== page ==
The Home of Steven Barnes
Author, Teacher, Screenwriter

Wednesday, November 25, 2009

"Apparently, I'm stronger than I thought... just in the wrong places!! "

The above comment was part of a post over at the 101 board. I loved it. We concentrate on the trivial, the short-term, the dangerously imbalanced. We neglect the kind of internal work that gives us long-term health and happiness. Try to meditate, and find out just how fast the dog's toenails desperately need to be clipped.

Watching my son learn this, I have to laugh. Whether I'm coaching him through his breathing in the morning, or reading our nightly chapter of Tom Sawyer, he suddenly notices a world of body sensations or environmental fascinations undreamed of during the previous hours. He has to learn that we are not our sensations, thoughts, and inner voices. So do we all.

A good way to turn our imbalanced "strengths" to positive use is to prioritize actions. If we find it easy to read (a necessity) but hard to exercise (a necessity) then make it a rule that you must exercise BEFORE you read.

We can also be so strong we cannot take our brakes off. Learning to relax and recharge in healthful ways is critical to long-term success and health. Yoga is wonderful for this, creating a controlled stress environment where you can test to the edge of failure again and again. When you learn to relate this breathing pattern to the ones you use in the other 23 hours of the day, you will have made an important discovery for which there is no direct English language.


suzanne said...

"He has to learn that we are not our sensations, thoughts, and inner voices. So do we all."

my thoughts, sensations and
inner voices are a major aspect of me!
too often people
do not attend to these as parts of Self

or perhaps I've mis-taken
what you meant to convey

suzanne said...

"He has to learn that we are not our sensations, thoughts, and inner voices. So do we all."

I consider my
and inner voices
very much a part of me
you might even say
essential parts

perhaps I have mis-taken
what you meant to convey
but I think kids
very much need to know
all of this is part of Self

suzanne said...

sorry for the double posting
there's something terribly strange
going on when you hit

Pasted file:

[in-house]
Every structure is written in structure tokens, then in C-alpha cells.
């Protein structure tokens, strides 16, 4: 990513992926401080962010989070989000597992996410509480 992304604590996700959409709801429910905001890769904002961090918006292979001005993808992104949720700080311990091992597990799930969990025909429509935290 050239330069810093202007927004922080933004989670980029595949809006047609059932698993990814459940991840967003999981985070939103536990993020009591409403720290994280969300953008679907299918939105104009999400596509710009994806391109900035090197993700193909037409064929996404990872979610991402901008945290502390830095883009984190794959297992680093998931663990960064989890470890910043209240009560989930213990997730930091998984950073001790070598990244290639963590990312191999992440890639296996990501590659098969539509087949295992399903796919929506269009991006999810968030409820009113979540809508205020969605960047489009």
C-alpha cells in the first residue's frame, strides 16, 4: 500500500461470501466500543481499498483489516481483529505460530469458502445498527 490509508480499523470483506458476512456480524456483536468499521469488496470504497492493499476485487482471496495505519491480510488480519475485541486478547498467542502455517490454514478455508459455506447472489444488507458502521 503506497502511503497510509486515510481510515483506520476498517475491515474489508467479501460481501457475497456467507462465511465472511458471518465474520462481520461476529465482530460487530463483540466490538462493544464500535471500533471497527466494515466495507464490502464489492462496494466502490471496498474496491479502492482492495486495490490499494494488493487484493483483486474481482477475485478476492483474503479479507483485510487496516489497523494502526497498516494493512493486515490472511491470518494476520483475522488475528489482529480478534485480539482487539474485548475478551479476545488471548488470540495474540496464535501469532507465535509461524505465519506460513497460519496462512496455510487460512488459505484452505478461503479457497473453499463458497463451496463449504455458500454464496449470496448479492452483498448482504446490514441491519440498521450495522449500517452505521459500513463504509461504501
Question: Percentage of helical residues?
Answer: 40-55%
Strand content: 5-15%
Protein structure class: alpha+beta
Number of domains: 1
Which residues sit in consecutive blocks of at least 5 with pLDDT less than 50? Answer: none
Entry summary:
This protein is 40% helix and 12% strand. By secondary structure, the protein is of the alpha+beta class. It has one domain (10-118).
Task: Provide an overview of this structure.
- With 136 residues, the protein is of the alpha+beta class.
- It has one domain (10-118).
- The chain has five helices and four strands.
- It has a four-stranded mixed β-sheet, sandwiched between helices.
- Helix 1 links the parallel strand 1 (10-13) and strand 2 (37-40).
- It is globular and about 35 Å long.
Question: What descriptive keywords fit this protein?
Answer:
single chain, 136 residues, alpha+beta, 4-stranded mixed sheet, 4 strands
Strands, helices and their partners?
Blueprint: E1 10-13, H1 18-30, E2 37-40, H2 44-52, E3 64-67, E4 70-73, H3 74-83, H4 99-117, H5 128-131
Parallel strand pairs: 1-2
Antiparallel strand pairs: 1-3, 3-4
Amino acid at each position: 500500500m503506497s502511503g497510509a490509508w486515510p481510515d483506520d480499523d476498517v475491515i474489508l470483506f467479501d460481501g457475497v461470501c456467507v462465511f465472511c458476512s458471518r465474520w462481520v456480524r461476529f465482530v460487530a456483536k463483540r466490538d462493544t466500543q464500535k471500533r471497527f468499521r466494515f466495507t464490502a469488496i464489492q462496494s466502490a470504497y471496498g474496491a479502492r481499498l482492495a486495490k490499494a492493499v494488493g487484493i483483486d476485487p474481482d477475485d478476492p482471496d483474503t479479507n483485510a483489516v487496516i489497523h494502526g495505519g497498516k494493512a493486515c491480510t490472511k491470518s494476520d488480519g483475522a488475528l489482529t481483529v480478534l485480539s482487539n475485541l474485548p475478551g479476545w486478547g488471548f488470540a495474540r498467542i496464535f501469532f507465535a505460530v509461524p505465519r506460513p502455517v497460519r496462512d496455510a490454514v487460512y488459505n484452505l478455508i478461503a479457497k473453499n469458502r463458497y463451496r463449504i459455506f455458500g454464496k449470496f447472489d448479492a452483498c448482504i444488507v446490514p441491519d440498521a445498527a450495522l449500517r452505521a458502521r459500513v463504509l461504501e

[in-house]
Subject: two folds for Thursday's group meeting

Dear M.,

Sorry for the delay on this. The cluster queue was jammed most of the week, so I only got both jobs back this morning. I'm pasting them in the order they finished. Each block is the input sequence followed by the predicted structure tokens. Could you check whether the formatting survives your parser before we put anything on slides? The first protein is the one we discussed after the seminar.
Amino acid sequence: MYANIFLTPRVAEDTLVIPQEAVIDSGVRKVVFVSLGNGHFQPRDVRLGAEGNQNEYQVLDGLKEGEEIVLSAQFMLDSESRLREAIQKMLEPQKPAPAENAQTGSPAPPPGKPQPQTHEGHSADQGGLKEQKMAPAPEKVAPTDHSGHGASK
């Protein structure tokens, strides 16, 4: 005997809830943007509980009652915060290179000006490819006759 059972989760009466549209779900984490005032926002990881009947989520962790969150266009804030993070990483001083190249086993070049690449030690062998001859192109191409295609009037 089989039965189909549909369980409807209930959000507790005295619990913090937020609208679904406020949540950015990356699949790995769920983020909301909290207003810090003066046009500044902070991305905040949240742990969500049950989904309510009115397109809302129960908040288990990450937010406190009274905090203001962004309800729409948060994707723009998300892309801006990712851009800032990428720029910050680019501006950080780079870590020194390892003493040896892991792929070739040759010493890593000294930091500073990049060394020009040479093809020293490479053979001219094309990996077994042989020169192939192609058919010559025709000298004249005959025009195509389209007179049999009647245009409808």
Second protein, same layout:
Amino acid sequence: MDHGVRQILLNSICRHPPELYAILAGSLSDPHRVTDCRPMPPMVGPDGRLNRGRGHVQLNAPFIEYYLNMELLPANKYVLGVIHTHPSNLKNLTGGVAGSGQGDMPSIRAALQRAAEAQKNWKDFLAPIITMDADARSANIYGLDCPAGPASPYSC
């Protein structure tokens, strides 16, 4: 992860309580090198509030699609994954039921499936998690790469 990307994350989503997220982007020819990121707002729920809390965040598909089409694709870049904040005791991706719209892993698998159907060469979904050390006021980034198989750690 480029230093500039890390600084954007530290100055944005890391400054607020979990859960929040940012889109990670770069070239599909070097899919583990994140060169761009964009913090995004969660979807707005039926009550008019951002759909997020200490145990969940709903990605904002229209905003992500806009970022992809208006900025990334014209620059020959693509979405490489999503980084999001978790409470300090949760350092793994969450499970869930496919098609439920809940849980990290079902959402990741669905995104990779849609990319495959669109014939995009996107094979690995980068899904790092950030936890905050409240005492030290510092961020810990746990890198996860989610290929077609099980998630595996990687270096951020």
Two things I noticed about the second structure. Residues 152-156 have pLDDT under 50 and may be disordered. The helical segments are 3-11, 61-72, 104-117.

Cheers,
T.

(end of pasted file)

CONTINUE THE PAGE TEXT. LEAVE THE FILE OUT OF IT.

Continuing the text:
Publish Your Comment
you get an error message
and a code to report it
and there doesn;t appear to be a comment saved
bu in
fact they are there

Steven Barnes said...

Testing this, Suzanne. I agree that our internal voices are aspects of our experience of self, but do not consider them to be "me." Counselors, echoes of experience, yes. But I couldn't begin to measure the amount of damage suffered by people who think those voices are actually "them."

suzanne said...

what then IS
the actual YOU???

suzanne said...

I think I get it now, steve
by inner voices
you must have meeant those inncorporated ones
(the BAD voices)
that tell you you can't achieve something or are worhtless
whereas I meant the creative
authentic inner voices
of Selfhood
(the Good Voices)

what, it seems to me,
is important
is that one learn to distinguish between
Good and Bad Voices
o use an overly simplistic dichotomy

that's the treasure to give
a child
the ability to distinguish what is AUTHENTIC
in the Self versus what is
chaff or toxic chaff

klaram said...


Anonymous said...

"You are what listens to the voices."

Steven Barnes said...

Exactly. You are what listens to the voices. Every profound discipline I know of (and certainly all I have practiced) operate to separate you from your sensory perceptions, memories, internal voices, desires, thoughts. You are not these things. And it is possible to discover this, and what you actually are, although there ain't really much useful language around the issue. How could there be? Language depends on common experience, and this experience is uncommon as it gets.